RED pushes emotional buttons as it portrays a personal story about a dancer’s ordeal with a life changing disability. Written and directed by Liz Lea (London Contemporary Dance School), who also plays the part of the dancer, she wrestles with issues of loss, love and time passing.
Pulling heartstrings, RED has tragedy as its core but this show is anything but a downer. Having used the beat of her feet and a sense of humour, she weaponised herself against her condition.
Lea communicates patently and with a quick and delicate wit about human sensibilities of illness, whilst all along, never stopping to entertain. With a twirl of her tongue, she turns the audience’s discomfort firstly into tittering, then into giggling and finally into lurid laughter. When her heart leaps, Lea’s audience again follows her with all of their endorphins, leaving their stress hormones at the box office.Continue reading LIZ LEA’S RED @ THE RIVERSIDE→
It is 1958. We are inside The Artist’s Studio of Mark Rothko in downtown Bowery, New York.(A bit of background. Russian American Jewish artist Mark Rothko (25/9/1903- 25/02/1970), born Marcus Yakovlevich Rothkowitz, is regarded as one of the greatest painters of the twentieth century). Rothko is working at a frenetic pace, to a deadline, painting a set of murals for his latest commission. The Seagram Corporation have paid him $35,000 for a set of his murals to be hung at New York’s exclusive Four Seasons restaurant. He takes on Ken, a fellow painter, as his assistant.
We soon learn the personality dynamics at play. Rothko loves to dominate, to prove intellectual superiority. Rothko quotes Nietzche, Freud, Jung, Greek tragedy. He tells Ken, ‘there should be tragedy in every brushstroke…and …I’m not here to paint pretty pictures’. He tell Ken that Jackson Pollack was just, ‘a schmuck from Wyoming who could paint’. Rothko comes from the Kafka ‘A Book must be the axe for the frozen sea within us’ School of the Arts.
At first, over-awed by Rothko’s stature and intensity, Ken toes the line. However it’s not long into the play that Ken develops his own voice, and the two clash. Ken accuses the old lion of, ‘living in a hermetically sealed submarine’, that he is tired of his, ‘titanic self absorption’. Where Ken hurts Rothko at the most is when he attacks him for selling his paintings to the Four Seasons restaurant. Ken accuses him of selling out. Rothko denies this and says that his aim is that his paintings will provoke and disturb the restaurant’s upper class clientele.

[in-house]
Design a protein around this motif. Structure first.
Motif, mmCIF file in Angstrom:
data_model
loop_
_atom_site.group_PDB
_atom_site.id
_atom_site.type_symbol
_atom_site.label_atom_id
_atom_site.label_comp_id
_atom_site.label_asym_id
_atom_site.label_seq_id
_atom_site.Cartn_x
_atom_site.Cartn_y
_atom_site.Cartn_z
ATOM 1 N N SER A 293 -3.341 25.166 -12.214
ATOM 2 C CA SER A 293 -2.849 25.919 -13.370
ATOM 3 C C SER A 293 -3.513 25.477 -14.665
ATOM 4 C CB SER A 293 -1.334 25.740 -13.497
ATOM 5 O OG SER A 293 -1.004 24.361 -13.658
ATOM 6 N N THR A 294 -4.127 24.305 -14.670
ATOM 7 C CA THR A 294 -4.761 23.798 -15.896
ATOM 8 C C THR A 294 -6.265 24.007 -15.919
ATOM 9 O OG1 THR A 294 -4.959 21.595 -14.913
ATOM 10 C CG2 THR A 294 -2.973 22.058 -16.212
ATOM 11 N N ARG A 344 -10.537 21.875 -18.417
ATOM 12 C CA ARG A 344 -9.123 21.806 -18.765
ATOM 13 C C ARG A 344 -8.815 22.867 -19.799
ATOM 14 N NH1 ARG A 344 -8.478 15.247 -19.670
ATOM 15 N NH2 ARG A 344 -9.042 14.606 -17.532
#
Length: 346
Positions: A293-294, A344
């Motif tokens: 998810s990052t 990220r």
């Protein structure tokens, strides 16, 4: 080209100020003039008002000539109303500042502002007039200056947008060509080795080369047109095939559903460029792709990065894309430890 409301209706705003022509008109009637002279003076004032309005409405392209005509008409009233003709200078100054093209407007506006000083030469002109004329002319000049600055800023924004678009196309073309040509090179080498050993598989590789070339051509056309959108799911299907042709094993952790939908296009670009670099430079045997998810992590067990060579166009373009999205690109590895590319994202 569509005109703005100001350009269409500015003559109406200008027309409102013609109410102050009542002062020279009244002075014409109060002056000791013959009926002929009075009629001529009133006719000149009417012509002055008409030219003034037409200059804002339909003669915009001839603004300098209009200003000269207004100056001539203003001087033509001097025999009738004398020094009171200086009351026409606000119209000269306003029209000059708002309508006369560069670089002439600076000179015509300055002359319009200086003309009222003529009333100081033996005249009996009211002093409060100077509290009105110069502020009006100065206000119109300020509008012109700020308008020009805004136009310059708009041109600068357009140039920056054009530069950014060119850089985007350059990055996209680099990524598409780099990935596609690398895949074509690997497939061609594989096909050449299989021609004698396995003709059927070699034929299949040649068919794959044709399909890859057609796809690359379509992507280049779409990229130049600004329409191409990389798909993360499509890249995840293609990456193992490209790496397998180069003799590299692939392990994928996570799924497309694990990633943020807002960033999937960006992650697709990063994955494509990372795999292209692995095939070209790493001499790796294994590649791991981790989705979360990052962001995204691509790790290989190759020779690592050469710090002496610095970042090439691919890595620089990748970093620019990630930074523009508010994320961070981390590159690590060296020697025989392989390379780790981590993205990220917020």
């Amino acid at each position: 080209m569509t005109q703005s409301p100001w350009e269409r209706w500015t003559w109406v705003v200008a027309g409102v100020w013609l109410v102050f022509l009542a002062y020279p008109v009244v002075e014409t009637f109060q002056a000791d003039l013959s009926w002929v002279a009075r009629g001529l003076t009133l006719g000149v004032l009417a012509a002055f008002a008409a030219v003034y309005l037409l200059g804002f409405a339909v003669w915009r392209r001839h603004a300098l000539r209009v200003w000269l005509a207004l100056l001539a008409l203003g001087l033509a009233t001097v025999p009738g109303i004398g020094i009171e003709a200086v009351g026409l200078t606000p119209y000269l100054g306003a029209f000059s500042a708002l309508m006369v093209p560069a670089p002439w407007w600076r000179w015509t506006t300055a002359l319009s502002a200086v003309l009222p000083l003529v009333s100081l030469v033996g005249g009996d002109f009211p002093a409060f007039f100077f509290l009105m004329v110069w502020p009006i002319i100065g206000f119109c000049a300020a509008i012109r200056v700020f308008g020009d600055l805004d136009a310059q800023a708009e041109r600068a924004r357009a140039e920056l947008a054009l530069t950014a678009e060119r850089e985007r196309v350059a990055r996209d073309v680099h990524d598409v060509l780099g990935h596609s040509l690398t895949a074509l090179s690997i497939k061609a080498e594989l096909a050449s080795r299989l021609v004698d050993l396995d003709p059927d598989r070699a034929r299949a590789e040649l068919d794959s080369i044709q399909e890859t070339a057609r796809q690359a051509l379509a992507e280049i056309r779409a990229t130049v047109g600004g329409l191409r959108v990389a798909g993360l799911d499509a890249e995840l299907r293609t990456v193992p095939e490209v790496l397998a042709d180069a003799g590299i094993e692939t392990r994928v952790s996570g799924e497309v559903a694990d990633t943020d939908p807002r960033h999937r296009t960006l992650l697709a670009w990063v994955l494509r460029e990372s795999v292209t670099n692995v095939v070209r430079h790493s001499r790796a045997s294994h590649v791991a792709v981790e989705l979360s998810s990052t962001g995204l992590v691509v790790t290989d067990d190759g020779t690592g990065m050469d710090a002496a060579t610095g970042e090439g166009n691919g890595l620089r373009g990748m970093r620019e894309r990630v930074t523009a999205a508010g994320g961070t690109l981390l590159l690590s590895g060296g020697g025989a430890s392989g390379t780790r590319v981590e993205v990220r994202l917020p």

Logan’s ‘fly on the wall’ drama features a large canvas as the two men continue to trade their opinions on the art world, and life in general. Another heated argument ensues over the pop art phenomena of Andy Warhol and similar artists. Rothko says, ‘Pop Art has banished abstract existentialism’ to which Ken retorts, ‘not every painting has to rip out your guts and show your soul’.
For a two-hander RED is well paced with the playwright always having something happening on stage, as Rothko and Ken prepare frames and in one dynamic scene work together to prime a canvas.
Mark Kilmurry wins good performances from his two actors. The fireworks keep coming between Colin Moody as the fiery artist, again demonstrating he is one of Australia’s leading dramatic actors, and Julliard graduate, Stephen James-King as his strong willed assistant Ken.
Lucilla Smith’s period set of a nineteen fifties New York artist’s studio, with Rothko’s paintings being the centrepiece, works well.
Highly recommended, Mark Kilmurry’s production of American playwright John Logan’s 2010 Tony Award winning play RED opened at the Ensemble Theatre, Kirribilli on Wednesday 12th September and plays until Saturday 6th October, 2012.
(c) David Kary
Tags: Sydney Theatre Reviews- RED, John Logan, Tony Award Winner,Inside The Artist’s Studio, Ensemble Theatre Kirribilli, Mark Rothko, Mark Kilmurry, Lucilla Smith, Colin Moody, Stephen James King, Natalie Boog, Sydney Arts Guide, David Kary
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